A Minimum Viable Product (MVP) center around the business perspective. It asks the question “what is the minimum product I have to build to figure out whether I have a business?” You might do that from testing signups on landing pages or putting up price points and collecting payment information to helps assess the true viability of a product.
The test results may reveal that it is feasible – you can make it – but not viable – your target audience doesn’t want it. This is good to know early in your product lifecycle so you don’t waste time and resources defining, developing and delivering something your customers don’t want. You may realize that is a great idea but belongs in another solution in your portfolio or that is much bigger effort – more than just a feature – it may be a whole new module.
My UX Boot Camps have been a MVP for me – an experiment. It started as an idea to put all my published articles in a compendium – which you can buy at Amazon now. Then Laura said “You should do a seminar”… I bounced the idea around with some colleagues who said “a one-day event… a series of workshops” and “call it a ‘boot camp’ – a ‘UX Boot Camp’.” And that is how the UX Boot Camps were born. There are several other related ideas that are coming soon, too – more experiments.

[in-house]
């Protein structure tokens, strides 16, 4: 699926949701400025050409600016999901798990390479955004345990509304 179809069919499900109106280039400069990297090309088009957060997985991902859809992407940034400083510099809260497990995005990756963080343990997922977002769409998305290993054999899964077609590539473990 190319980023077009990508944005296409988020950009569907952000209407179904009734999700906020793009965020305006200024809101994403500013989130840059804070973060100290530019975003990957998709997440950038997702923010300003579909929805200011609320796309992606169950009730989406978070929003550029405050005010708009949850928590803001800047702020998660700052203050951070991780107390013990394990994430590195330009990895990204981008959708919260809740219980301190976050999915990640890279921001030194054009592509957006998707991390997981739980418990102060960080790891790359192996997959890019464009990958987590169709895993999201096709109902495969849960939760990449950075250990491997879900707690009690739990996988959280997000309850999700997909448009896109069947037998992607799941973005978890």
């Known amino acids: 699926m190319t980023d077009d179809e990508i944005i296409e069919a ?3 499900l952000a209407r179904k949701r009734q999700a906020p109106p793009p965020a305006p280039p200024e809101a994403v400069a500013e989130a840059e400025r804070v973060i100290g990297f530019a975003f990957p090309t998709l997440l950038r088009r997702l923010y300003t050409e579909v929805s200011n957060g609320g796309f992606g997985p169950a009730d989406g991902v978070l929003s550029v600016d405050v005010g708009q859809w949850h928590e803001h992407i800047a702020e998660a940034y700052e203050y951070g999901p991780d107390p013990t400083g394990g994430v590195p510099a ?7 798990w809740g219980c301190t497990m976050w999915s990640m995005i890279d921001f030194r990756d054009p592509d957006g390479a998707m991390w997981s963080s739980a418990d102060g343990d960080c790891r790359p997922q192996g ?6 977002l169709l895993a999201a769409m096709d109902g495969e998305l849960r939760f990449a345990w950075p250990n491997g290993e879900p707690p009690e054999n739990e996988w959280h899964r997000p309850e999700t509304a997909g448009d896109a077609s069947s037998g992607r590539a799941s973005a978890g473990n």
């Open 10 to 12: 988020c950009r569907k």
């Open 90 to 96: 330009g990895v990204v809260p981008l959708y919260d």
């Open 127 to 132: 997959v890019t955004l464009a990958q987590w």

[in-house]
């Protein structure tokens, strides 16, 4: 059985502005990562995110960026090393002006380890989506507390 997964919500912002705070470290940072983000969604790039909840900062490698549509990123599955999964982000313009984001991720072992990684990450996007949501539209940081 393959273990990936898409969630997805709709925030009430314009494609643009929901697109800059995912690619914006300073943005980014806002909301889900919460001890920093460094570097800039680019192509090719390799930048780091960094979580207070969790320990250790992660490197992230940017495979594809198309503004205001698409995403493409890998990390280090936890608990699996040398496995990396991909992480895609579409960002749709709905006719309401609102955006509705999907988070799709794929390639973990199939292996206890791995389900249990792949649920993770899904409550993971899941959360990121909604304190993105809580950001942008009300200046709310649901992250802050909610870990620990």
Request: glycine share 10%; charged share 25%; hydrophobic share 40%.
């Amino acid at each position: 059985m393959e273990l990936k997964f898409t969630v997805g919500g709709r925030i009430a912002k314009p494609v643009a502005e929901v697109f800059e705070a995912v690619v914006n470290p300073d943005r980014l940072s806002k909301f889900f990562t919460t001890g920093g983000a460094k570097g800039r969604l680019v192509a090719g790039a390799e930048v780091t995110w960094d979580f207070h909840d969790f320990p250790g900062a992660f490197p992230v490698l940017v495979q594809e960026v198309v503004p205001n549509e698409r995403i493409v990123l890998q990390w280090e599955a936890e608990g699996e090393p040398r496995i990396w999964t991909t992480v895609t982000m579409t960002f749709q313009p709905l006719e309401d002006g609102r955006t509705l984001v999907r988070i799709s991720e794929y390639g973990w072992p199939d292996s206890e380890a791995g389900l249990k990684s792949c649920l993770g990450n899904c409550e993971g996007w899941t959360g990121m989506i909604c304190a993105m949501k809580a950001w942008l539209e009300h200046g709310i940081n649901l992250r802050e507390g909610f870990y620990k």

Even the event site, Lessonaire, is an experiment. It is a MVP – a Minimum Viable Product – from GojuLabs, friends who want to build products that make a difference in the lives of their customers. An MVP is a fast way to gather customer feedback while doing continuous development – synchronous customer and product development – putting the right form of customer engagement well in front of ‘design freeze.’
The cool part, is the target audience for the boot camps are perfect reviewers for the event site! It’s funny how it all works out.
We have made some mistakes along the way… we are still working out the email campaign (sorry about that). We are learning fast as we mature the product.